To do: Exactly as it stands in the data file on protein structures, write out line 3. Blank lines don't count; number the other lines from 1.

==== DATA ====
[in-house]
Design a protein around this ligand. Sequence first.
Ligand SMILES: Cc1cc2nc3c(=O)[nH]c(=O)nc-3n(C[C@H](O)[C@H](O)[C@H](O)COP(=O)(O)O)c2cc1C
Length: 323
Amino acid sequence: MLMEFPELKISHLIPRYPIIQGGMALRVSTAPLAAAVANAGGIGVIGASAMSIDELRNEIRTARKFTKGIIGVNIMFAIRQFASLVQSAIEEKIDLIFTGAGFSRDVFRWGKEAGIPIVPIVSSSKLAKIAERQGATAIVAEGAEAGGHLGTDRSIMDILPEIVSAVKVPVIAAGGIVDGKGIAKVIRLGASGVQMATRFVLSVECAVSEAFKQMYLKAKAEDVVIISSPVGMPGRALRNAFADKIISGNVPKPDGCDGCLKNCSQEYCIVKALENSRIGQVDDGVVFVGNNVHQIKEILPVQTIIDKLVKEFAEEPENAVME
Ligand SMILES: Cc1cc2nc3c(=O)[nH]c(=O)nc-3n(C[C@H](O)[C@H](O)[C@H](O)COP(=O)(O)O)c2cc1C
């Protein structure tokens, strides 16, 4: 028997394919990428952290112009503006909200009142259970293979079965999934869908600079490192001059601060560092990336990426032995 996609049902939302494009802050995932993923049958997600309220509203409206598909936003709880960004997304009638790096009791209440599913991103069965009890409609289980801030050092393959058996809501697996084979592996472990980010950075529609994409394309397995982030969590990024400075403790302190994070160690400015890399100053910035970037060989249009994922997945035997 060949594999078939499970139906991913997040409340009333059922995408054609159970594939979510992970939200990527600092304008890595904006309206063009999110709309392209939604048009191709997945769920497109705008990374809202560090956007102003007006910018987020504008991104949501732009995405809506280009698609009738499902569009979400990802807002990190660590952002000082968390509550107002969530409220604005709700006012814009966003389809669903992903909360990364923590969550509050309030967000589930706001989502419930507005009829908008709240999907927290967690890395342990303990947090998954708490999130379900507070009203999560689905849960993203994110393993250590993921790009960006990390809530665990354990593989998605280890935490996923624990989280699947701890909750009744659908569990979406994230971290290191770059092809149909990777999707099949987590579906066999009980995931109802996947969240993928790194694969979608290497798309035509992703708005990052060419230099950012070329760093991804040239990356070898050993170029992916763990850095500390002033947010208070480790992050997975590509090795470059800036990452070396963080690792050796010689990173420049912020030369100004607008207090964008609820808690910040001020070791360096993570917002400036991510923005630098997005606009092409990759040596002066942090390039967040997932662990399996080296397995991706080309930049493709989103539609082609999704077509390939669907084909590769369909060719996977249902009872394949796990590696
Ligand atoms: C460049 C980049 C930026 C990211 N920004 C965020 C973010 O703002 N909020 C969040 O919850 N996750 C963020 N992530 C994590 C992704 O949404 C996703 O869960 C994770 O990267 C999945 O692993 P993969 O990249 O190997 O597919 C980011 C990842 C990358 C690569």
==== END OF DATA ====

Ligand SMILES: Cc1cc2nc3c(=O)[nH]c(=O)nc-3n(C[C@H](O)[C@H](O)[C@H](O)COP(=O)(O)O)c2cc1C